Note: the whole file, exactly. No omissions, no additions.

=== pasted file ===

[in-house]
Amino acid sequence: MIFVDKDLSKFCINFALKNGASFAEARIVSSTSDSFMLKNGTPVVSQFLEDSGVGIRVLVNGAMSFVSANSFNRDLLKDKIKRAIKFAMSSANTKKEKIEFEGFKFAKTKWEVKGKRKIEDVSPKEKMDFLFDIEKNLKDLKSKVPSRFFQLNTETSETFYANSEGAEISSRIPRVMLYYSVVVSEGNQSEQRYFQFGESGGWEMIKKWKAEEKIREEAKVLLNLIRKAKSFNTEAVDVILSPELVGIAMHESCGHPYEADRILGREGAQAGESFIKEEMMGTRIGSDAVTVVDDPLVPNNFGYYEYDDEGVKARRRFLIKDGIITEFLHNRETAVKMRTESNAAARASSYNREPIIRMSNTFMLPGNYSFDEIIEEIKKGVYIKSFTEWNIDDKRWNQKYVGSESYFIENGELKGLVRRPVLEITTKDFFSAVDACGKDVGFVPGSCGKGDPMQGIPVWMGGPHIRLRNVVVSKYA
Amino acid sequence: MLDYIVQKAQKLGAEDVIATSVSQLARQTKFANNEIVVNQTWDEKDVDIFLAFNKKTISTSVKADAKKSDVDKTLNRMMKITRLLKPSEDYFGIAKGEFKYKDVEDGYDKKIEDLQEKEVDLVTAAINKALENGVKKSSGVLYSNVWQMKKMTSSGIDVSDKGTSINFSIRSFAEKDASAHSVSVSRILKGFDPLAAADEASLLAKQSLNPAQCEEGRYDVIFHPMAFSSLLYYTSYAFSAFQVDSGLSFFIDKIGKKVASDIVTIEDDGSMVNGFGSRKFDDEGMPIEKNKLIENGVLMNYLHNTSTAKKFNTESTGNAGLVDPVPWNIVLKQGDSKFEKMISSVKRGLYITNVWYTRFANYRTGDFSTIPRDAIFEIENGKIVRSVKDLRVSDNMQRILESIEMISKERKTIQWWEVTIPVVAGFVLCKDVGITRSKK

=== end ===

[in-house]
Amino acid sequence: MIFVDKDLSKFCINFALKNGASFAEARIVSSTSDSFMLKNGTPVVSQFLEDSGVGIRVLVNGAMSFVSANSFNRDLLKDKIKRAIKFAMSSANTKKEKIEFEGFKFAKTKWEVKGKRKIEDVSPKEKMDFLFDIEKNLKDLKSKVPSRFFQLNTETSETFYANSEGAEISSRIPRVMLYYSVVVSEGNQSEQRYFQFGESGGWEMIKKWKAEEKIREEAKVLLNLIRKAKSFNTEAVDVILSPELVGIAMHESCGHPYEADRILGREGAQAGESFIKEEMMGTRIGSDAVTVVDDPLVPNNFGYYEYDDEGVKARRRFLIKDGIITEFLHNRETAVKMRTESNAAARASSYNREPIIRMSNTFMLPGNYSFDEIIEEIKKGVYIKSFTEWNIDDKRWNQKYVGSESYFIENGELKGLVRRPVLEITTKDFFSAVDACGKDVGFVPGSCGKGDPMQGIPVWMGGPHIRLRNVVVSKYA
Amino acid sequence: MLDYIVQKAQKLGAEDVIATSVSQLARQTKFANNEIVVNQTWDEKDVDIFLAFNKKTISTSVKADAKKSDVDKTLNRMMKITRLLKPSEDYFGIAKGEFKYKDVEDGYDKKIEDLQEKEVDLVTAAINKALENGVKKSSGVLYSNVWQMKKMTSSGIDVSDKGTSINFSIRSFAEKDASAHSVSVSRILKGFDPLAAADEASLLAKQSLNPAQCEEGRYDVIFHPMAFSSLLYYTSYAFSAFQVDSGLSFFIDKIGKKVASDIVTIEDDGSMVNGFGSRKFDDEGMPIEKNKLIENGVLMNYLHNTSTAKKFNTESTGNAGLVDPVPWNIVLKQGDSKFEKMISSVKRGLYITNVWYTRFANYRTGDFSTIPRDAIFEIENGKIVRSVKDLRVSDNMQRILESIEMISKERKTIQWWEVTIPVVAGFVLCKDVGITRSKK